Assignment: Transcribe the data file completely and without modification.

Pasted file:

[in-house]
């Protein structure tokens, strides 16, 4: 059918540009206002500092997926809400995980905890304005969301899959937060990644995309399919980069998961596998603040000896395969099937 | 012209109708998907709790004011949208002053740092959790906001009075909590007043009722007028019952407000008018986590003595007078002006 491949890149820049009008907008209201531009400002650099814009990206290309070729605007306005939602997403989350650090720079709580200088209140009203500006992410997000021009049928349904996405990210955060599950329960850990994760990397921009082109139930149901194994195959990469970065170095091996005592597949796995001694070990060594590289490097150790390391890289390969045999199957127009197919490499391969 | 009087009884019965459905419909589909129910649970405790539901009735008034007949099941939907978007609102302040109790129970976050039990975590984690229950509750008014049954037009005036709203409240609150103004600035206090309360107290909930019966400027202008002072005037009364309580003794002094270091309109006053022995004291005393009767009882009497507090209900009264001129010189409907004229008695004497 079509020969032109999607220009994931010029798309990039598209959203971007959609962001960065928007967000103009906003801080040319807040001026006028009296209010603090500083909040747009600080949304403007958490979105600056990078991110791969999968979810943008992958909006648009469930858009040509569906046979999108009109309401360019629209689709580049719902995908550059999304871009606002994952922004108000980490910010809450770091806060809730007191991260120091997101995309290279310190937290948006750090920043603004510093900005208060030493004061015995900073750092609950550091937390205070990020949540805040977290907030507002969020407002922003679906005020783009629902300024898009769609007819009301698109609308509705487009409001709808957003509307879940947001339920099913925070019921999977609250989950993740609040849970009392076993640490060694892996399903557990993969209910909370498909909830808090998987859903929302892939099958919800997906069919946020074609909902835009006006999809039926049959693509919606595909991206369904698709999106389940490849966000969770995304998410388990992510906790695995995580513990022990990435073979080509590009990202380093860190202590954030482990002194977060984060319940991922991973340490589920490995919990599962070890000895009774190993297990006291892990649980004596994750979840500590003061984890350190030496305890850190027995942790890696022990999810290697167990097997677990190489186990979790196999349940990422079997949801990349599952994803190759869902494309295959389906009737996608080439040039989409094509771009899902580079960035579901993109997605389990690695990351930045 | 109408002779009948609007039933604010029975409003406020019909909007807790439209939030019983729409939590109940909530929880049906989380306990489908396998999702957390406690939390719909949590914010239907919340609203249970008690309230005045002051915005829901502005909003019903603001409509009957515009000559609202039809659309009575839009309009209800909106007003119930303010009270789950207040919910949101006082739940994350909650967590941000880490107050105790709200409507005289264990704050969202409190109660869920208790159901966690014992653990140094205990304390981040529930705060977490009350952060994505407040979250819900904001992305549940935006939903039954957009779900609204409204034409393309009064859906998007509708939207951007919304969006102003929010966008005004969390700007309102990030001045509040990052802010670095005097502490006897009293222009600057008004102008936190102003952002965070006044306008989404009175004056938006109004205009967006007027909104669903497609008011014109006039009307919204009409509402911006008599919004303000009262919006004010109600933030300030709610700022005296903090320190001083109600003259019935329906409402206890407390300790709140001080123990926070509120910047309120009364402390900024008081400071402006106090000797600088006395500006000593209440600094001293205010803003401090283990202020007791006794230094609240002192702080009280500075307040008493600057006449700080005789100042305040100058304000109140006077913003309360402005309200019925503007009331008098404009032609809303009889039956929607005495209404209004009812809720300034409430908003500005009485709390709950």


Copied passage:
[in-house]
């Protein structure tokens, strides 16, 4: 059918540009206002500092997926809400995980905890304005969301899959937060990644995309399919980069998961596998603040000896395969099937 | 012209109708998907709790004011949208002053740092959790906001009075909590007043009722007028019952407000008018986590003595007078002006 491949890149820049009008907008209201531009400002650099814009990206290309070729605007306005939602997403989350650090720079709580200088209140009203500006992410997000021009049928349904996405990210955060599950329960850990994760990397921009082109139930149901194994195959990469970065170095091996005592597949796995001694070990060594590289490097150790390391890289390969045999199957127009197919490499391969 | 009087009884019965459905419909589909129910649970405790539901009735008034007949099941939907978007609102302040109790129970976050039990975590984690229950509750008014049954037009005036709203409240609150103004600035206090309360107290909930019966400027202008002072005037009364309580003794002094270091309109006053022995004291005393009767009882009497507090209900009264001129010189409907004229008695004497 079509020969032109999607220009994931010029798309990039598209959203971007959609962001960065928007967000103009906003801080040319807040001026006028009296209010603090500083909040747009600080949304403007958490979105600056990078991110791969999968979810943008992958909006648009469930858009040509569906046979999108009109309401360019629209689709580049719902995908550059999304871009606002994952922004108000980490910010809450770091806060809730007191991260120091997101995309290279310190937290948006750090920043603004510093900005208060030493004061015995900073750092609950550091937390205070990020949540805040977290907030507002969020407002922003679906005020783009629902300024898009769609007819009301698109609308509705487009409001709808957003509307879940947001339920099913925070019921999977609250989950993740609040849970009392076993640490060694892996399903557990993969209910909370498909909830808090998987859903929302892939099958919800997906069919946020074609909902835009006006999809039926049959693509919606595909991206369904698709999106389940490849966000969770995304998410388990992510906790695995995580513990022990990435073979080509590009990202380093860190202590954030482990002194977060984060319940991922991973340490589920490995919990599962070890000895009774190993297990006291892990649980004596994750979840500590003061984890350190030496305890850190027995942790890696022990999810290697167990097997677990190489186990979790196999349940990422079997949801990349599952994803190759869902494309295959389906009737996608080439040039989409094509771009899902580079960035579901993109997605389990690695990351930045 | 109408002779009948609007039933604010029975409003406020019909909007807790439209939030019983729409939590109940909530929880049906989380306990489908396998999702957390406690939390719909949590914010239907919340609203249970008690309230005045002051915005829901502005909003019903603001409509009957515009000559609202039809659309009575839009309009209800909106007003119930303010009270789950207040919910949101006082739940994350909650967590941000880490107050105790709200409507005289264990704050969202409190109660869920208790159901966690014992653990140094205990304390981040529930705060977490009350952060994505407040979250819900904001992305549940935006939903039954957009779900609204409204034409393309009064859906998007509708939207951007919304969006102003929010966008005004969390700007309102990030001045509040990052802010670095005097502490006897009293222009600057008004102008936190102003952002965070006044306008989404009175004056938006109004205009967006007027909104669903497609008011014109006039009307919204009409509402911006008599919004303000009262919006004010109600933030300030709610700022005296903090320190001083109600003259019935329906409402206890407390300790709140001080123990926070509120910047309120009364402390900024008081400071402006106090000797600088006395500006000593209440600094001293205010803003401090283990202020007791006794230094609240002192702080009280500075307040008493600057006449700080005789100042305040100058304000109140006077913003309360402005309200019925503007009331008098404009032609809303009889039956929607005495209404209004009812809720300034409430908003500005009485709390709950």